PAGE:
Friday, January 11, 2013 at 12:28 PM
The state Board of Education is set to l vote for the first time on whether Ohio schools should have to follow standard rules about the use of seclusion rooms. Ohio schools' use of seclusion and restraint of children with disabilities has come under scrutiny in the past year after a joint investigation by the Columbus Dispatch and StateImpact Ohio found teachers sometimes use the rooms to punish children. StateImpact Ohio's Molly Bloom reports the policy aims to balance the concerns of educators with the treatment of students with special needs.
The state Board of Education is set to l vote for the first time on whether Ohio schools should have to follow standard rules about the use of seclusion rooms. Ohio schools’ use of seclusion and restraint of children with disabilities has come under scrutiny in the past year after a joint investigation by the Columbus Dispatch and StateImpact Ohio found teachers sometimes use the rooms to punish children. StateImpact Ohio’s Molly Bloom reports the policy aims to balance the concerns of educators with the treatment of students with special needs.
Morgan Linnabary was eight years old when he was sent to a special school for children with behavior problems.
At the new school, when he mouthed off to teachers or got upset, he was sent to the isolation room: a plywood box inside a separate room down the hall. Morgan says it happened dozens of times.
“It’s like ‘No, no just give me some time to calm down.’ And [they’d be] like, ‘No you’re going to isolation.’ They would not listen to your pleas of I can calm down if you give me some time,” he said.
Officials at Morgan’s old school in Defiance County, Ohio didn’t return our calls seeking comment.
That’s not how seclusion rooms are supposed to be used. Experts say children are only supposed to be shut in the rooms if they’re a danger to themselves or others.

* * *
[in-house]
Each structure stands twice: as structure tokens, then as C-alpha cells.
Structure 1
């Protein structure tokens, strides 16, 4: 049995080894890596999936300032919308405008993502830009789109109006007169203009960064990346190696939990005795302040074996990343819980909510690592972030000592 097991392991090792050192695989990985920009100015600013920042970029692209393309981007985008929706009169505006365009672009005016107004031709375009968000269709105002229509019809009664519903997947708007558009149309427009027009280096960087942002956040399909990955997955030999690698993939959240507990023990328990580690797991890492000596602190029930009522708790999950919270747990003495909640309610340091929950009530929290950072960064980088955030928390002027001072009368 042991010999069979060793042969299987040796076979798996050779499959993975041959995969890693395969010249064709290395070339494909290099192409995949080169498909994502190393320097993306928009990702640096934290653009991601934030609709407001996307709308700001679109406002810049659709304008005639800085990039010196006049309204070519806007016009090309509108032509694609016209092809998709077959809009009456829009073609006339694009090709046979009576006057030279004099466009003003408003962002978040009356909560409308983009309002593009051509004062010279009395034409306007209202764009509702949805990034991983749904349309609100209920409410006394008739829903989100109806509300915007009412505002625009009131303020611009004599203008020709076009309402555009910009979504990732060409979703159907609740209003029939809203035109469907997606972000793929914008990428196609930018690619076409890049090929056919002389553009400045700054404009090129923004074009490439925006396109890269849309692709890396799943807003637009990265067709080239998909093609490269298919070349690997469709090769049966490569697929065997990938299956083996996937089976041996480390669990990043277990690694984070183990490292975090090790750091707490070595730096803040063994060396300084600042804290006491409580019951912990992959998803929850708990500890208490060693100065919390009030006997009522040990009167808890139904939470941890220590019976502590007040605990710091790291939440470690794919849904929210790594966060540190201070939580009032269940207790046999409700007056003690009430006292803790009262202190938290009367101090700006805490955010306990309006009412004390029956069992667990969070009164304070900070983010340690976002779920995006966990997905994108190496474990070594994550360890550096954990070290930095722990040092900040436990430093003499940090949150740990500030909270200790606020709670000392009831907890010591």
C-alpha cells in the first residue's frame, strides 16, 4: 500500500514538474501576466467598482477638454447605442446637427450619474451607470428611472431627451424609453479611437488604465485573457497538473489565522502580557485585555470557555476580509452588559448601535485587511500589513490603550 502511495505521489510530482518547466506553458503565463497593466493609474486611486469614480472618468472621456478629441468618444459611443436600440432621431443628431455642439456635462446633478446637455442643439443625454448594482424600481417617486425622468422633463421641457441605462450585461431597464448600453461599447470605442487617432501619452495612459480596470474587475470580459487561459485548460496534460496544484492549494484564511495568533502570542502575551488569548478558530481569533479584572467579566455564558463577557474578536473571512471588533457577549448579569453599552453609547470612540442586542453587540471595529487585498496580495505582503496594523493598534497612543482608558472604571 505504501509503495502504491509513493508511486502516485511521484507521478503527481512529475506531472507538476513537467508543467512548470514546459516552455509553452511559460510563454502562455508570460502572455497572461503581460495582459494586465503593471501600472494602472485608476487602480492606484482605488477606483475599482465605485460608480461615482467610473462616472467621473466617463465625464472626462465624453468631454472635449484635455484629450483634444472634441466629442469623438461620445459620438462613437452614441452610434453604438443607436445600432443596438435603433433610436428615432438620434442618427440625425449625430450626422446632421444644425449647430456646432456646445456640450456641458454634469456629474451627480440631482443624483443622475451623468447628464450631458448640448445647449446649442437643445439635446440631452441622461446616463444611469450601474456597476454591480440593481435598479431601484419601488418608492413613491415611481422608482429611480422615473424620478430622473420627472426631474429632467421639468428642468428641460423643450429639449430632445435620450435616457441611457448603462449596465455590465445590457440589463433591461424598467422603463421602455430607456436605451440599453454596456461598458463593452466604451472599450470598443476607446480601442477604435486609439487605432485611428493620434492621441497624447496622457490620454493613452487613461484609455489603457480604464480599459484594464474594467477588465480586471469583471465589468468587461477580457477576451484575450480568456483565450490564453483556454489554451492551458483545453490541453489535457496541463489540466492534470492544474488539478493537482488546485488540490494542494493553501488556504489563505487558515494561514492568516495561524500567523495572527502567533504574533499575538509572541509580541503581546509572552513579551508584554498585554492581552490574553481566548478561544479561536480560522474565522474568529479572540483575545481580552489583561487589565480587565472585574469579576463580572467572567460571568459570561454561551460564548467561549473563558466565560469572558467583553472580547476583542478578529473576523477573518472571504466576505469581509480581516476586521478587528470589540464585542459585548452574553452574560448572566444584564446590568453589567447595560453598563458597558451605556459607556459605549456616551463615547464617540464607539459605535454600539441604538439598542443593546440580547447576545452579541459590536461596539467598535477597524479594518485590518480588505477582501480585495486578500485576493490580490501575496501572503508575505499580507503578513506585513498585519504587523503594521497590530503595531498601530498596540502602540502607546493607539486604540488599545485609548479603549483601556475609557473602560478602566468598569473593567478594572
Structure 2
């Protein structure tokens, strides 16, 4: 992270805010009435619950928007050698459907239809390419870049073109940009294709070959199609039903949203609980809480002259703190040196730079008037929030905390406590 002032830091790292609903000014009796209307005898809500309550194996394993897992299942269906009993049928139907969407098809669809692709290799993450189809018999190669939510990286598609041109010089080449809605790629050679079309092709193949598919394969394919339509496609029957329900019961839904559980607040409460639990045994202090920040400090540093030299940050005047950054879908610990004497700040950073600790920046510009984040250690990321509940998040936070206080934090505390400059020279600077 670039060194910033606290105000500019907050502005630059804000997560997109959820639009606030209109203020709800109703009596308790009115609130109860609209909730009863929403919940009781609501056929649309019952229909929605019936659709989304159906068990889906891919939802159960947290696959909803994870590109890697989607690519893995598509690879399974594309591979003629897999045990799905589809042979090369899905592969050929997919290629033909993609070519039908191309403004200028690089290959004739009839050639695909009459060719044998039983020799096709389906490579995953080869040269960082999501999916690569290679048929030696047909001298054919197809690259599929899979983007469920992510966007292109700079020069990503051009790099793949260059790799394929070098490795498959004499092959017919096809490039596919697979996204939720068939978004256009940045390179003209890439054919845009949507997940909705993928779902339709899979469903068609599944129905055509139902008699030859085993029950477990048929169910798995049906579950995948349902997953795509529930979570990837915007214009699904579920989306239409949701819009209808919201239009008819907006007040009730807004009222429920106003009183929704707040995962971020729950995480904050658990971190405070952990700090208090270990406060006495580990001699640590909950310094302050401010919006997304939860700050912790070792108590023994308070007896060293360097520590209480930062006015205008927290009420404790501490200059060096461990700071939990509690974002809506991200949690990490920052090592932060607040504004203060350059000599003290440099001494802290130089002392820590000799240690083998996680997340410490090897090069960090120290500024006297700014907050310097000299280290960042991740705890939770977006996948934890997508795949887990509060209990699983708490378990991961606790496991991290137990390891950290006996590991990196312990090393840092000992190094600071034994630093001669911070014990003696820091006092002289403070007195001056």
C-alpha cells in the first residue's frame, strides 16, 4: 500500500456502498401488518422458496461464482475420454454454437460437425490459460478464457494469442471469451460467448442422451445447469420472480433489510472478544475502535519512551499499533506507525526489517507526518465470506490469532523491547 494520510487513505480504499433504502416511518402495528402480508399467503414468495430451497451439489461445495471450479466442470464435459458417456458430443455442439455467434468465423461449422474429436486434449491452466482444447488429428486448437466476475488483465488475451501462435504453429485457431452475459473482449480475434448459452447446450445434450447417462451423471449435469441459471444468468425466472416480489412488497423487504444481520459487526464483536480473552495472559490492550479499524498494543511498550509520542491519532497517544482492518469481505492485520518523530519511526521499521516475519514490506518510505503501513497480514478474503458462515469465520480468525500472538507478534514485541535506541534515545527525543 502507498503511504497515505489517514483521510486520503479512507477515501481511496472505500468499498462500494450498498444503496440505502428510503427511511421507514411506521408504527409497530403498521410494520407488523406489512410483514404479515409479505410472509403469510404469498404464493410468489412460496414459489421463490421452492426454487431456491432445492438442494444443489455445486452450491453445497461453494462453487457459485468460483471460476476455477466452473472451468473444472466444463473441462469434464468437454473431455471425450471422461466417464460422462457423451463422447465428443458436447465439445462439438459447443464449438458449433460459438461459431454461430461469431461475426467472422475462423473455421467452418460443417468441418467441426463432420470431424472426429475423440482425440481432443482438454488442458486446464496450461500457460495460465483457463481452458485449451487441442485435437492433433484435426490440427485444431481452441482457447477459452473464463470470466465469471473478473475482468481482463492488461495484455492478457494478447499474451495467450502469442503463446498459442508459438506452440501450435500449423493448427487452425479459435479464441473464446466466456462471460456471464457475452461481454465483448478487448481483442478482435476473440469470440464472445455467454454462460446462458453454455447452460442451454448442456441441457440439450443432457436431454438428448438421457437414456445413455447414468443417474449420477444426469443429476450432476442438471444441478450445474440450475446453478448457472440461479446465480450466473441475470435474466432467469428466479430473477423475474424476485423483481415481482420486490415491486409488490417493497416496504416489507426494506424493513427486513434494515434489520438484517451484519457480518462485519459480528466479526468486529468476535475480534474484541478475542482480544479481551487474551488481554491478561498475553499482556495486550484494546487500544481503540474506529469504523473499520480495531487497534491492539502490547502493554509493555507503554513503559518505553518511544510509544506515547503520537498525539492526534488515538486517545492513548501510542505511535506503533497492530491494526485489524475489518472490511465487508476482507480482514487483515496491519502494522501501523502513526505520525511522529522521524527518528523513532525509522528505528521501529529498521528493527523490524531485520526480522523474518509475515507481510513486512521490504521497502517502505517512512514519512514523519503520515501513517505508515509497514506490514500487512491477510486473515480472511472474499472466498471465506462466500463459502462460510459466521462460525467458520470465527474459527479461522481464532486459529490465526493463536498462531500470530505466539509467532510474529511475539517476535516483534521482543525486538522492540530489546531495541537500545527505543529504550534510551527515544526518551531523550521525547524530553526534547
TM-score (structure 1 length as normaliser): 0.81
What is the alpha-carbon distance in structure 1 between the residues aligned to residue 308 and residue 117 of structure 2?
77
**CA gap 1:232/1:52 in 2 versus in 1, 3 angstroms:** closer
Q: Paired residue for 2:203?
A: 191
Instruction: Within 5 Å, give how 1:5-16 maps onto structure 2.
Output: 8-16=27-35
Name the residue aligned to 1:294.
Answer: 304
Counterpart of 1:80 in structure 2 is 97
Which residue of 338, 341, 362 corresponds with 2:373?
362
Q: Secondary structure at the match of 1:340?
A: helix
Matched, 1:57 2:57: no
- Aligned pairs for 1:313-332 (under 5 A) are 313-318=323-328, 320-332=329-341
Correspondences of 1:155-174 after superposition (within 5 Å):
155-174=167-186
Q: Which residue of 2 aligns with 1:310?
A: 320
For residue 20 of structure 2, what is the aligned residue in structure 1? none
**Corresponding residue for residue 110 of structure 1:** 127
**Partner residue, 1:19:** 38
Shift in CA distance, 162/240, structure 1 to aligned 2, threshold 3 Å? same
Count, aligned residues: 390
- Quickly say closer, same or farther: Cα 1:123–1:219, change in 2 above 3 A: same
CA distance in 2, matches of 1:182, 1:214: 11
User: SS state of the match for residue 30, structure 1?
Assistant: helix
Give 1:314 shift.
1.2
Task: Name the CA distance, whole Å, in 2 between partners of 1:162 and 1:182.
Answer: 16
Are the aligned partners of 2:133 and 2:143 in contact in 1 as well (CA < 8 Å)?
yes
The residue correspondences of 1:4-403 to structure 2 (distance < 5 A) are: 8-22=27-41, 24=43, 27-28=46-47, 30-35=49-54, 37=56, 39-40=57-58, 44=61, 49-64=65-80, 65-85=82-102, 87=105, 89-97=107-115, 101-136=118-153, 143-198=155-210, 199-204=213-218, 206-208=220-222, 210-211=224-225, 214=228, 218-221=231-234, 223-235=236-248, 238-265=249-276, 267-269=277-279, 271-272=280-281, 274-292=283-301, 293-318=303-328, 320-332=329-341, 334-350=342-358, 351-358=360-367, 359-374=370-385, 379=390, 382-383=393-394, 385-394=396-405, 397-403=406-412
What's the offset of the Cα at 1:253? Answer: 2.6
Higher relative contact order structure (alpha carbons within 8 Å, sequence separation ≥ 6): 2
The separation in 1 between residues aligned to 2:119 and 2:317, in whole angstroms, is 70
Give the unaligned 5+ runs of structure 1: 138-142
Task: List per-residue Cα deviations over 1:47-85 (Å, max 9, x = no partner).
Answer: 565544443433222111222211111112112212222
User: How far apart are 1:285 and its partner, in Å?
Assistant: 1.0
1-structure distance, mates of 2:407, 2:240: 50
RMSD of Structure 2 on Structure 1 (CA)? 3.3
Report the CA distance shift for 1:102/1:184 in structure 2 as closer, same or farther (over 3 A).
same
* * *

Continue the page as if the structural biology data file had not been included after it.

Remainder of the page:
Morgan says being shut in a seclusion room might have taught him not to mouth off to teachers. But it didn’t help him learn how to read, write, or do math.
“If you got sent to isolation that halts the whole thing. Stops the whole process of the day,” he said.
The new proposed state policy explicitly says seclusion can only be used in emergencies. It requires school staff to get training in teaching positive behaviors.
But it has some loopholes.
The new policy would only apply to traditional public schools - not charter schools.
And it could prevent the public from knowing whether schools are using seclusion and restraint properly.
When a student is put in a seclusion room or is restrained by staff, schools would have to record it in that student’s file. But those records would be confidential. And the policy does not require schools to track how often they seclude or restrain students, or the reasons why.
Lee Smith is a principal at Louisville Elementary School in northeast Ohio. He’s one of the school administrators waiting to see the final result of state policy discussions.
Smith doesn’t use the term seclusion room.
His school has what he calls sensory rooms with padded walls, curtained windows, beanbag chairs on the floor and a sling that children can use as a hammock. The rooms do have doors and are used primarily for children with special needs.
Smith says the rooms are usually used as refuges for kids who are having meltdowns and need a private place to calm down. But Smith doesn’t track how often the rooms are used, or how.
Still, Smith says his teachers know that simple misbehavior is not a reason to restrain or seclude a child.
“Period, end of discussion. We’re not even going down that path. If they’re shuffling their little feet down the hallway and they’re turning around screaming at you or whatever-I don’t care. Our staff understands that mentality,” he said.
Andrea Unklesbay, teaches kindergarteners and first graders with multiple disabilities at Louisville Elementary. Unklesbay says she has not seen its “sensory room” used to discipline students, but she favors uniform guidelines.
“Maybe it would be good for the whole state be on the same page about that. I think that if everyone had rules and guidelines and stuff like that across the state that would be really cool, I think,” she said.
If the state board approves the new policy, it would take effect starting next school year.
For StateImpact Ohio, I’m Molly Bloom.
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